Sustainable investing

What is sustainable investing?

Sustainable investing is an investment approach that takes into account social and environmental performance when making an investment decision. This approach has gained momentum across the whole investment ecosystem, especially since the formulation of the Sustainable Development Goals (SDGs) as they provide a useful roadmap toward achieving quantified development impact.

Based on how much emphasis investors put on financial, social or environmental performance of their investments, they can be classified from “financial only” to “impact only”. Those investors covering responsible, sustainable and impact investments all consider non-financial performance and thus have the potential to positively contribute to the decent work agenda.

Source: “Allocating for impact”. Social Impact Investment Taskforce, 2014

The growth of sustainable investing in recent years goes hand in hand with a growing perception and evidence-base of not only societal benefits but also of the business-case for such an approach. However, there is consensus that not enough capital is being channelled into solutions for global problems, as shown by the estimated gap to achieve the SDGs of between US$5-7 trillion per year. While public investment is a key driver for achieving the SDGs, the achievement of such goals is also dependent on the redirection of private investment.

A major challenge for investors applying sustainable investing strategies is how to incorporate Decent Work in their decision-making processes. Incorporating such aspects increases investment performance as well as allows investors to make informed decisions about where their money is deployed and work with investee companies to improve their quality of employment.

What do we do?

At the ILO's Social Finance Programme, we collaborate with stakeholders across the investment ecosystem. Our objective is to reorient capital towards achieving decent work and economic inclusion, as envision by the UN’s SDG 8. In our collaborations, we aim at shaping standards and promoting good practices that facilitate integrating decent work considerations into investment strategies. We conduct research and build the capacity of investors for better social and environmental risk and impact management.

We work at three levels of the investment ecosystem:

1. Investors
We provide advisory, capacity building and technical assistance to investors as well as investee companies. Examples of this work include our role as Sustainability Advisor to the AATIF, an impact investment fund initiated by the German government, to measure and manage the social impact of agricultural investments, and our support to the development of a Sustainability Management System for the Common Fund for Commodities, a UN-backed intergovernmental financial institution. We also explore innovative finance mechanisms, by, among other initiatives, supporting a feasibility study on an impact bond to reduce child labour in the cocoa value chain in Côte d’Ivoire, as part of the ACCEL Africa Programme.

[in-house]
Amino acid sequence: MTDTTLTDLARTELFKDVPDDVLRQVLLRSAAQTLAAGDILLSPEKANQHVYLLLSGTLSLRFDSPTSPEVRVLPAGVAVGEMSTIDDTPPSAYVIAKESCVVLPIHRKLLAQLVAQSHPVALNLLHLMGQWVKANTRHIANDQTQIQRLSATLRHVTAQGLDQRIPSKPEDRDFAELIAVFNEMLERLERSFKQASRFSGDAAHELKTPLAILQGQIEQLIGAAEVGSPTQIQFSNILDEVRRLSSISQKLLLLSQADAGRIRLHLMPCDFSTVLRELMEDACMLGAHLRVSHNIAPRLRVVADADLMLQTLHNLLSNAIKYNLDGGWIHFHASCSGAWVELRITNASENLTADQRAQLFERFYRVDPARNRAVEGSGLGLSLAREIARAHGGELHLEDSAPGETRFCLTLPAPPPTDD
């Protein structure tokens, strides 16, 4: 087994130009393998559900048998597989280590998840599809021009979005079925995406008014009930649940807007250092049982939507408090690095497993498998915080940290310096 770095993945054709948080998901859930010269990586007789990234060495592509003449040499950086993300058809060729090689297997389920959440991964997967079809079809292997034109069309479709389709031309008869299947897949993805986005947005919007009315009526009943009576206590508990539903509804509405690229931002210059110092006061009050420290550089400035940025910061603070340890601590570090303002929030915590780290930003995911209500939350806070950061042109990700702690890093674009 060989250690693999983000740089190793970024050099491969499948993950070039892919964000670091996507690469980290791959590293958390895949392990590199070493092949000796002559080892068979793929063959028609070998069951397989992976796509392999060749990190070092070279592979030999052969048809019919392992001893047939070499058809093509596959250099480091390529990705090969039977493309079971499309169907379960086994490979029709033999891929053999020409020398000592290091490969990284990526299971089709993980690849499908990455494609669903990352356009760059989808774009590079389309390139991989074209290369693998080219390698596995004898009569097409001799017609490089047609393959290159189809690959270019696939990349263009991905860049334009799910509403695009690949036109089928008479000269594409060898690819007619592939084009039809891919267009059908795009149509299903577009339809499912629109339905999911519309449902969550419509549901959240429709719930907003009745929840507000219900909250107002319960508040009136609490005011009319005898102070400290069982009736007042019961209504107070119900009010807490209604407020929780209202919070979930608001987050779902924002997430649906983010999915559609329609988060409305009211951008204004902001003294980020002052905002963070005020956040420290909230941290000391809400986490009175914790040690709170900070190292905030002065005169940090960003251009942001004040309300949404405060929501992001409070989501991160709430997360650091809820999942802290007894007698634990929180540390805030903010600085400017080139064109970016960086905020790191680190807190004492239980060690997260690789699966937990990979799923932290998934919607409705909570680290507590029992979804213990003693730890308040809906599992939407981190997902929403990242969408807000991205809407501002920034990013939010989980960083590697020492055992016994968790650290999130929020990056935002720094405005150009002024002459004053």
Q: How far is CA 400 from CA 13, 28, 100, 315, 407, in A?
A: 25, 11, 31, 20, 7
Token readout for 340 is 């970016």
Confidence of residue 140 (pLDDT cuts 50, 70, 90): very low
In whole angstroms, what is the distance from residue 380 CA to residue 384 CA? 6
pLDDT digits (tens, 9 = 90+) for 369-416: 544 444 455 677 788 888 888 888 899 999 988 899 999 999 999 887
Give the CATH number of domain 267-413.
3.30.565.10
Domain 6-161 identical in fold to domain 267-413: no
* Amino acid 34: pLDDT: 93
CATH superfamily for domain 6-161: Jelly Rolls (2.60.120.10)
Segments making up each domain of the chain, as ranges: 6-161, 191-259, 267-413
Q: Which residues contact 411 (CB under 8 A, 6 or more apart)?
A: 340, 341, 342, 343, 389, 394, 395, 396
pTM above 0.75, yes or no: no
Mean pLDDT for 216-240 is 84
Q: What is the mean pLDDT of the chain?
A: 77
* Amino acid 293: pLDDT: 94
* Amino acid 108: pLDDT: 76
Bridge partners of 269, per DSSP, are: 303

2. Industry and support organizations
Our work with networks and platforms is critical to scale up and share with the broader investment community the knowledge created through working with investors. Our engagement and contributions to central industry organizations like the Global Impact Investing Network (developing Quality Jobs impact investing strategies) or the Smallholder and Agri-SME Finance and Investment Network create opportunities to improve industry-wide practices related to sustainability in investments, particularly on decent work. By partnering with regional development finance associations, we conducted studies on the social dimensions of development finance in in Asia and the Pacific and in Africa.

3. Policy and enabling environment
An enabling environment, which incentivizes impactful investments but also prevents negative impacts and greenwashing, is critical to achieving the SDGs. With this objective in mind, we work at the policy and enabling environment level, including with the UN system. One example are our contributions to the UN Joint SDG Fund, which we provide with advise in the assessment of proposals aiming at increasing SDG Financing. We also build capacity within the ILO, its constituents and the broader UN-system through courses, webinars and events. A central area of work for our constituents and the financial sector is Just Transition Finance, where we work seeks to increase financing that addresses the climate crisis while fostering inclusive, job-rich growth and leaving no one behind.